All Quiet on The Western Front by Erich Maria Remarque has made me think differently ever since I finished reading it. It strikes me how connected you can feel to a character – in this case, Paul. It changes the way you think about wars and how they affect the people fighting. Paul’s life is destroyed and ruined by war. When he is finally home, he doesn’t know what to do, who to talk to. It makes me think about war and why it even exists.
The final chapters of All Quiet on The Western Front leave the reader feeling sympathetic towards Paul because the last of Paul’s friend group is killed and he is left with no one at all. He becomes depressed and starts to believe that he won’t know what to do when the war is over. He then ends up being killed as the war ends. An example of this is on page 67. “We were eighteen and had begun to love life and the world; and we had to shoot it to pieces.” This is sad because even though he is on the “wrong” side that being on the German army he has no choice and many of the people like him are just puppets being used and forced to do people in power’s bidding.
We learn something interesting about one of the characters, Kropp, on page 203 where it says “We are here to protect our fatherland. And the French are over there to protect their fatherland. Now who’s in the right?” This is typical of how the character acts in the book so far. He often seems to be questioning the morality and justification of war and how there is no such thing as good or bad in war for soldiers, because from their perspective they have to do what they have been told to do. To them they are fulfilling their “duty” to serve their country. This changes the way the reader thinks not just of Kropp, but of war, and I believe that’s why he is such an important character in this book. Most readers wouldn’t want to be friends with him, because a lot of people are against the Central Powers, but I think many would like to have a discussion with him.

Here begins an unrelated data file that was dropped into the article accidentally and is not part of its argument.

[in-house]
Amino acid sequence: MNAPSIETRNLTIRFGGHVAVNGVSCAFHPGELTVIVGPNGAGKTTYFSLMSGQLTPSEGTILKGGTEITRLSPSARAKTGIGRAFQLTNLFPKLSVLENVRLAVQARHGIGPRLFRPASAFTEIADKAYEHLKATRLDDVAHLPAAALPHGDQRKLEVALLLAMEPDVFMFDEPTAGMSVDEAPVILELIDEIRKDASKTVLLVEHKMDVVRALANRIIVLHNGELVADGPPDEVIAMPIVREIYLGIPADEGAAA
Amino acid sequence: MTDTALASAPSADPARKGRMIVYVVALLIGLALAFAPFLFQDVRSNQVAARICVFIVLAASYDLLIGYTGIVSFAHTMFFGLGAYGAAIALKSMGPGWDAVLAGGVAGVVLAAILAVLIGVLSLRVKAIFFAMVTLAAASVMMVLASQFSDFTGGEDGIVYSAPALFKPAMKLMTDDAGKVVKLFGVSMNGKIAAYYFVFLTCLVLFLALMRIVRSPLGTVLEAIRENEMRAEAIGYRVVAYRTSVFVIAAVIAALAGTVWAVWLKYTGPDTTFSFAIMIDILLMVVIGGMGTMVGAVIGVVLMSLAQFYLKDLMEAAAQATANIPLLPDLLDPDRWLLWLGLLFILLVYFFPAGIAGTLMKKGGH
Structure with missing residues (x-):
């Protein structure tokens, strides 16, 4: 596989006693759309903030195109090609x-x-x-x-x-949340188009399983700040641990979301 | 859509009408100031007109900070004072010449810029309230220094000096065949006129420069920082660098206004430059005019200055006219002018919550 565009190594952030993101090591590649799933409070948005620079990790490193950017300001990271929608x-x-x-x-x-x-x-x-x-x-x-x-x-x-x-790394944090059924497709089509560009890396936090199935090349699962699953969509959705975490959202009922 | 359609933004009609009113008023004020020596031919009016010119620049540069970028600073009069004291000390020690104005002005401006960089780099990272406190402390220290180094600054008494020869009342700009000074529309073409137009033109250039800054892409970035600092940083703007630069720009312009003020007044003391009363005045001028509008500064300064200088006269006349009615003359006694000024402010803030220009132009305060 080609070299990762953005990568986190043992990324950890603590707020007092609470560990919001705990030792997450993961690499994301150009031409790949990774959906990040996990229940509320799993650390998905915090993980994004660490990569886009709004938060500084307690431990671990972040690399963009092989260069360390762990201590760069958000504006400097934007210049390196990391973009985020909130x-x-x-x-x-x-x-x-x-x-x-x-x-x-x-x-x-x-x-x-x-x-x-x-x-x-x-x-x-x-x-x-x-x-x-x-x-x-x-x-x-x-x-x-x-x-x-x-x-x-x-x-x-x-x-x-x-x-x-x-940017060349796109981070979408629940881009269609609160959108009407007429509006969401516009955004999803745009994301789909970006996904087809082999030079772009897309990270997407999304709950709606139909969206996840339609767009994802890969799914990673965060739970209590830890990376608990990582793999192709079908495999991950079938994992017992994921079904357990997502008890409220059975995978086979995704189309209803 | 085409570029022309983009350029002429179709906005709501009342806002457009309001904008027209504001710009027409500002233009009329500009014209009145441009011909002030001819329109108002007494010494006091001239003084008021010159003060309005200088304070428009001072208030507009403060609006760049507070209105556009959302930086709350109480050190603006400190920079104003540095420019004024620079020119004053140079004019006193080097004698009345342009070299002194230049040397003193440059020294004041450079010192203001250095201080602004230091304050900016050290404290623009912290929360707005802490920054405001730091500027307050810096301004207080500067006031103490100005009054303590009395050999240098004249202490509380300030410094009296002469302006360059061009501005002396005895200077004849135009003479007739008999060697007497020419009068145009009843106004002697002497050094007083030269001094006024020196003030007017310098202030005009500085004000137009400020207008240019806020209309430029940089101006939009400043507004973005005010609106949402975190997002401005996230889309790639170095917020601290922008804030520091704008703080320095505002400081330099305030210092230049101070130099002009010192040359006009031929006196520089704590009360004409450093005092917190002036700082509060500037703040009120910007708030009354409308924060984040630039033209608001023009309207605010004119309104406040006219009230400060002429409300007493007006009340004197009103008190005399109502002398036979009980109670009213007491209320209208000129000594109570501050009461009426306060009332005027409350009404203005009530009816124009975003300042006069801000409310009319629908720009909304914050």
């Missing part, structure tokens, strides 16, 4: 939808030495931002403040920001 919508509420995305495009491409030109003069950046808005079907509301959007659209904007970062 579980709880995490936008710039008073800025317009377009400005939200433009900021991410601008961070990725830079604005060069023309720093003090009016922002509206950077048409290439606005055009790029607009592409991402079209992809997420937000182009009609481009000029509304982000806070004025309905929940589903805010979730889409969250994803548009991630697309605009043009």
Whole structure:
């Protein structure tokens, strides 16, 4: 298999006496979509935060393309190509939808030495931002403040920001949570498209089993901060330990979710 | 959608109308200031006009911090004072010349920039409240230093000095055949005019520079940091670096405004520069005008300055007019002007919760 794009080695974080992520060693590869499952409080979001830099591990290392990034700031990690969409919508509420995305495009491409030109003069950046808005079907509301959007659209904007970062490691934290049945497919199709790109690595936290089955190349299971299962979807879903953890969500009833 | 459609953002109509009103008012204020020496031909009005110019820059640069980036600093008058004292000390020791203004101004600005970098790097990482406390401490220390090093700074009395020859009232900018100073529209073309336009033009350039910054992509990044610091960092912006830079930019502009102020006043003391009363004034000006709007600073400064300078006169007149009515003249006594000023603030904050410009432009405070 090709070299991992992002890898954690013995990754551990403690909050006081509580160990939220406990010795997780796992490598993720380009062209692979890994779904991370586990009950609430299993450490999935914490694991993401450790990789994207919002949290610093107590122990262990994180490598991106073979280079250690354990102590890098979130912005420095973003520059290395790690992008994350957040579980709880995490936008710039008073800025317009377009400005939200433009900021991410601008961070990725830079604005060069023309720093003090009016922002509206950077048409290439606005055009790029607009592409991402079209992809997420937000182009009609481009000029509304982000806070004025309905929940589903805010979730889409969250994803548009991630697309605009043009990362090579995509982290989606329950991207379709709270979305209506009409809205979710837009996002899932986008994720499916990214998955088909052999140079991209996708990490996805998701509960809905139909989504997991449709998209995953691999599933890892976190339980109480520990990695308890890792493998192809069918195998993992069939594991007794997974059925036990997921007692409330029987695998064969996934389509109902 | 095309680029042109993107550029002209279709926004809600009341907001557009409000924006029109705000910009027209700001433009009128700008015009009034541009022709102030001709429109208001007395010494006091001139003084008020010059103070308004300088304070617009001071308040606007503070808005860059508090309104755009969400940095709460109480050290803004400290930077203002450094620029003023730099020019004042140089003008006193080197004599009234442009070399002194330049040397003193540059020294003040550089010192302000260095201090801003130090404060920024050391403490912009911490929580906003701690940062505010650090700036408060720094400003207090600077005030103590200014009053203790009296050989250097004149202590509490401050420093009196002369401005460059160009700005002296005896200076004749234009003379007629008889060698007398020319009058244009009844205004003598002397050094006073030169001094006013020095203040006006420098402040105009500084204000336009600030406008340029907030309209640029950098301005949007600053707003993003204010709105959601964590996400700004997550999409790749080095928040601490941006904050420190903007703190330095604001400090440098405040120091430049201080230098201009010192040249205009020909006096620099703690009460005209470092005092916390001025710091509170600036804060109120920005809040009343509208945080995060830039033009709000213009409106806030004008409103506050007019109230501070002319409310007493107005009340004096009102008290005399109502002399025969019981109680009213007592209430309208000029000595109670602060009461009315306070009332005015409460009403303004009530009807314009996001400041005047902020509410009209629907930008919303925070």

After page 203, most readers will probably look forward to reading the rest of this book. The reason I say this is because Kropp and Paul are such complex characters and feel very “human”. What I mean by that is that they seem like real soldiers during World War 1, not like some crazy, over-the-top characters. And by the end of the book they will either be dead or they will return home and be blamed for the failure of the German army. If that happens, they will have all of these built up emotions that they don’t know who to talk to about besides each other. They will be completely lost.Tags: Harvest Collegiate High School
War: What’s it for? by Diego is licensed under a Creative Commons Attribution-ShareAlike 4.0 International License.